The battle between the Australian light cruiser HMAS Sydney and the
German auxiliary cruiser Kormoran was a single ship action that
occurred on 19 November 1941, off the coast of Western Australia.
Sydney, with Captain Joseph Burnett commanding, and Kormoran, under
Fregattenkapitän (Commander) Theodor Detmers, encountered each other
approximately 106 nautical miles (196 km; 122 mi) off Dirk Hartog
Island. Both ships were destroyed in the half-hour engagement.
From 24 November, after Sydney failed to return to port, air and sea
searches were conducted. Boats and rafts carrying survivors from
Kormoran were recovered at sea, while others made landfall north of
Carnarvon: 318 of the 399 personnel on Kormoran survived. While
debris from Sydney was found, there were no survivors from the
645-strong complement. It was the largest loss of life in the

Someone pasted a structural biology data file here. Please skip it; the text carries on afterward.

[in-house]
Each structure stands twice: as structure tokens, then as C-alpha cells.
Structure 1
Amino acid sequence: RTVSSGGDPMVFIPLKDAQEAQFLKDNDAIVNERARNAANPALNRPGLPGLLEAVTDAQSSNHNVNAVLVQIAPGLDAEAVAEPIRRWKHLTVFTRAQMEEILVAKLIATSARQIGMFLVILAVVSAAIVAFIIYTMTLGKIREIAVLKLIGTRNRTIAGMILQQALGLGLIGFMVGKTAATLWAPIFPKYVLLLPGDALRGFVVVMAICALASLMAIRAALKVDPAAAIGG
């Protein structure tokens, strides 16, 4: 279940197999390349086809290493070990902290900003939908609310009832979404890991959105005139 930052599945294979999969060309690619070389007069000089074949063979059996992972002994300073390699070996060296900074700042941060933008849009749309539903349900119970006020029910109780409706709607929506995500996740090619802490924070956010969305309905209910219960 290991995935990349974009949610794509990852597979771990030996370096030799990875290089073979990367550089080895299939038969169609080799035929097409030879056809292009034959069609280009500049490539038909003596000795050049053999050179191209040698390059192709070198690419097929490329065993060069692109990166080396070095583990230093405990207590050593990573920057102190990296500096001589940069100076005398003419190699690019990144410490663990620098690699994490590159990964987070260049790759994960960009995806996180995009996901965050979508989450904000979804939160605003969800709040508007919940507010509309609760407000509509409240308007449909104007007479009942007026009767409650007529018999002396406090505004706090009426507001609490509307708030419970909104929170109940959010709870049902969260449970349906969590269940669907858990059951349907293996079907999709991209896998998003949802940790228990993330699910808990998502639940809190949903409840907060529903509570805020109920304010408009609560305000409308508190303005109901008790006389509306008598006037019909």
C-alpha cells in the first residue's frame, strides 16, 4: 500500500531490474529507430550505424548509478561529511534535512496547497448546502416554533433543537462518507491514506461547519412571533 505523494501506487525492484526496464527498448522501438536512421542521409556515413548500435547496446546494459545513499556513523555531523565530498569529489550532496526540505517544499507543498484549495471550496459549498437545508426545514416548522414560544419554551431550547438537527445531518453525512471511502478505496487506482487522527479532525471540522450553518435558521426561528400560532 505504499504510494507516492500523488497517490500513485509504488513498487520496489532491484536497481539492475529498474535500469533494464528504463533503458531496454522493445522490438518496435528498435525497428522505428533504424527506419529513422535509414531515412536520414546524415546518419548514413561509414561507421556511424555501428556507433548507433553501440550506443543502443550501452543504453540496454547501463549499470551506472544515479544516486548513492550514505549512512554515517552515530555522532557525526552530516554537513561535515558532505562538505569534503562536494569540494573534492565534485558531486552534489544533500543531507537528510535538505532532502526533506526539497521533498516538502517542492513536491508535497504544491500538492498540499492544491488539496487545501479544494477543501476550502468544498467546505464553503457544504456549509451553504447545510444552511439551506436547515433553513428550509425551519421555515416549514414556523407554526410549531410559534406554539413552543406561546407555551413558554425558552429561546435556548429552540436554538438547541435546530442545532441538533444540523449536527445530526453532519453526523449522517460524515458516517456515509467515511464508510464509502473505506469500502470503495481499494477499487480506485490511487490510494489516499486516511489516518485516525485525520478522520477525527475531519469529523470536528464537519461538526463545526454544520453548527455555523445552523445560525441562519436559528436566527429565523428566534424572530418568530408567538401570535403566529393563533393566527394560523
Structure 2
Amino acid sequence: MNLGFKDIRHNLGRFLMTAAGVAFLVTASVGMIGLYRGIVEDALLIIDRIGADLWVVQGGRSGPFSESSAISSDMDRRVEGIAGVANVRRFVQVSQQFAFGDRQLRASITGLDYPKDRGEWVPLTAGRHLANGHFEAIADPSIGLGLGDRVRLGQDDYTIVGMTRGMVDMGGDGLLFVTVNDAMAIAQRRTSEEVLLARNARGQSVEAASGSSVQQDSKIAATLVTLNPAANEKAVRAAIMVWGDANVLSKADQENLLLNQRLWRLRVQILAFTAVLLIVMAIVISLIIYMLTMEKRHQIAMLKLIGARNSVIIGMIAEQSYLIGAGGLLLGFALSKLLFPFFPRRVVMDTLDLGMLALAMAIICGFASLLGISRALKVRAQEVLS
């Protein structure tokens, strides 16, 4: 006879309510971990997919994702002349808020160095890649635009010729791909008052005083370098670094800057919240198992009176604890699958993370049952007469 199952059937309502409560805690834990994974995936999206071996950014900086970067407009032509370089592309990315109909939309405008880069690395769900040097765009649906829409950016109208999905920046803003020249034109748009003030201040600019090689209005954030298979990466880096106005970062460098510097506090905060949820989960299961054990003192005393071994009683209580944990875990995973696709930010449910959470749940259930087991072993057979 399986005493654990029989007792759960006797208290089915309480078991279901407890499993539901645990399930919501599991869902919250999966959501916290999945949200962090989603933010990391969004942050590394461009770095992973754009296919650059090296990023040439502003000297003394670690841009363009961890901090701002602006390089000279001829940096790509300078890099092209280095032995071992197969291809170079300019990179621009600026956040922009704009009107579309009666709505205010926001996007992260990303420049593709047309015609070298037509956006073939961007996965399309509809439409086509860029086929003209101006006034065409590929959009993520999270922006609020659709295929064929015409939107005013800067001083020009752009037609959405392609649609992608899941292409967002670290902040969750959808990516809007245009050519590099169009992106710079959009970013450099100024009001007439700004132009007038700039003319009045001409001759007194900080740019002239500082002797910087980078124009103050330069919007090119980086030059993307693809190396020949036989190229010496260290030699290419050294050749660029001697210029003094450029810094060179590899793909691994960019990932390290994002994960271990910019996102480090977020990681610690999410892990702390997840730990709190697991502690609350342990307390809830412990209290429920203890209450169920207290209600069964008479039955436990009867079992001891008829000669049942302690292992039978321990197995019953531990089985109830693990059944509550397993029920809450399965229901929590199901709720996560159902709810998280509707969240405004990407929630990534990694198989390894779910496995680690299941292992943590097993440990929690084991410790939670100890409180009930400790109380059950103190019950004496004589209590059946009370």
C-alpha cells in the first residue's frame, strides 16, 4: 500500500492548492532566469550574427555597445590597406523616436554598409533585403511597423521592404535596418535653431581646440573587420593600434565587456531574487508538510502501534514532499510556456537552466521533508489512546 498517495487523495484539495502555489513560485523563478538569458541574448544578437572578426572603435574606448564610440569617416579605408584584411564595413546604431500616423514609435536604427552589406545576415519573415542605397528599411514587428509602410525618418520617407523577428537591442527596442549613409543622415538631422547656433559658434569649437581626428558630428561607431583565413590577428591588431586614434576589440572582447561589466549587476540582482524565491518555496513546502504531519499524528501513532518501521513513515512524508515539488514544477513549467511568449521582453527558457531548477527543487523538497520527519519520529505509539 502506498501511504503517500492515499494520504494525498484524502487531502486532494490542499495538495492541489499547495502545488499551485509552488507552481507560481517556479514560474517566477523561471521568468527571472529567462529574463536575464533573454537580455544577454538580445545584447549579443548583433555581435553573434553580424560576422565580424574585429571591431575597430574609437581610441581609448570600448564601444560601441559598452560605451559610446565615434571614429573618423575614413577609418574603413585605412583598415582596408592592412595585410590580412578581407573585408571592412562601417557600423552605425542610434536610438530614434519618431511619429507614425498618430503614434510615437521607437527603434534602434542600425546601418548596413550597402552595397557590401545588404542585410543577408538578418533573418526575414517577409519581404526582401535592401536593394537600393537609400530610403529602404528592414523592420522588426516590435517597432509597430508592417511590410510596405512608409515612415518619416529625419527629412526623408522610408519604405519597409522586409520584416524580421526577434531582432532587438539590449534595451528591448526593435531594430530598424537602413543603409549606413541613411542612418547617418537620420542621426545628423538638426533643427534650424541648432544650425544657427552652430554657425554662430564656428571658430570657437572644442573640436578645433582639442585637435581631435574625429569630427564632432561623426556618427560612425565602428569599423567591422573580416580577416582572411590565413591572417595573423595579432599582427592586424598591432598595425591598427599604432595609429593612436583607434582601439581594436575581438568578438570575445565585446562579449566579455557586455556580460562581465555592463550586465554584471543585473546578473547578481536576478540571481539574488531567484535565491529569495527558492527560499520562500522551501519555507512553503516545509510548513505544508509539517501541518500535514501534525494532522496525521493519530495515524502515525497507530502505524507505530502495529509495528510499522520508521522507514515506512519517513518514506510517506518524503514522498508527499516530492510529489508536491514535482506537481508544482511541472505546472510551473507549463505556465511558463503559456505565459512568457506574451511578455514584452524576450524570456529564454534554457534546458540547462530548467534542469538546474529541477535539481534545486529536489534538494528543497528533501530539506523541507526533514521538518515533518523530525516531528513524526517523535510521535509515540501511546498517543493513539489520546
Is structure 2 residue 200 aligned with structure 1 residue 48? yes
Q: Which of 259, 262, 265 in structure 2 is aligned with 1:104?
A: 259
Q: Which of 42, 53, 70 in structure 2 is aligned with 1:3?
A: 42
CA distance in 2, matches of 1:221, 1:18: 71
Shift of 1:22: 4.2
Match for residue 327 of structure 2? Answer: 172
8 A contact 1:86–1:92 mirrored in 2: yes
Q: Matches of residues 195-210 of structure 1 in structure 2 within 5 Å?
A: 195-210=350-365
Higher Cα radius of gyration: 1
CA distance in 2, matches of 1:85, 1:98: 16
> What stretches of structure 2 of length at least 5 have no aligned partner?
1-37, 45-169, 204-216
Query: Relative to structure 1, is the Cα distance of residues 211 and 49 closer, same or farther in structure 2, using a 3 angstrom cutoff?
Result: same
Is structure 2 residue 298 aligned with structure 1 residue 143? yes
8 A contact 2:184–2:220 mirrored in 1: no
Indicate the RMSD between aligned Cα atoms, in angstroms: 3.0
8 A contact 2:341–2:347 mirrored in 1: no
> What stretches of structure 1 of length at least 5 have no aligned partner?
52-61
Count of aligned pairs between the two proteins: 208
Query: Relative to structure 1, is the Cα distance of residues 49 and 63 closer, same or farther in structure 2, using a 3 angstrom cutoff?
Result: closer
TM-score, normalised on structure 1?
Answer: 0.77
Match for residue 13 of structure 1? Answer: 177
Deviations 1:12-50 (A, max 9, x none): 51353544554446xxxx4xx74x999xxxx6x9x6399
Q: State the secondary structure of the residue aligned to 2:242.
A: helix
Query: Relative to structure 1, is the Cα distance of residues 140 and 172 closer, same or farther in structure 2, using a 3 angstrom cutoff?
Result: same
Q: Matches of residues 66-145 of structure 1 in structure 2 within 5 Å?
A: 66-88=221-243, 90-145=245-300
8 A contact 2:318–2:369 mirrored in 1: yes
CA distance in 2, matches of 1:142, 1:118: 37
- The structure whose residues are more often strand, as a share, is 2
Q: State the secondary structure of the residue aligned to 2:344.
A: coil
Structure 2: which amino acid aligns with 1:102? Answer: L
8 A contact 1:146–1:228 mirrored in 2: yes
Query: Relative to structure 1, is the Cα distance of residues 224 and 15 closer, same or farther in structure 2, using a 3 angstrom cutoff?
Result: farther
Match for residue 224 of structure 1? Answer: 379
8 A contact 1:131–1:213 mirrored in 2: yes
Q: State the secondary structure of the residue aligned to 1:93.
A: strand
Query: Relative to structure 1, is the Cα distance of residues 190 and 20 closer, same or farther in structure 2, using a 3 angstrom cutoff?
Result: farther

history of the Royal Australian Navy, the largest Allied warship
lost with all hands during World War II, and a major blow to
Australian wartime morale. Australian authorities learned of
Sydney's fate from the surviving Kormoran personnel, who were held
in prisoner of war camps until the end of the war. The exact
location of the two wrecks remained unverified until 2008.
Controversy has often surrounded the battle, especially in the years
before the two wrecks were located in 2008. How and why a
purpose-built warship like Sydney was defeated by a modified
merchant vessel like Kormoran was the subject of speculation, with
numerous books on the subject, as well as two official reports by
government inquiries (published in 1999 and 2009 respectively).
According to German accounts—which were assessed as truthful and
generally accurate by Australian interrogators during the war, as
well as most subsequent analyses—Sydney approached so close to
Kormoran that the Australian cruiser lost the advantages of heavier
armour and superior gun range. Nevertheless, several post-war
publications have alleged that Sydney's loss had been the subject of
an extensive cover-up, that the Germans had not followed the laws of
war, that Australian survivors were massacred following the battle,
or that the Empire of Japan had been secretly involved in the action
(before officially declaring war in December). No evidence has been
found to support any of these theories.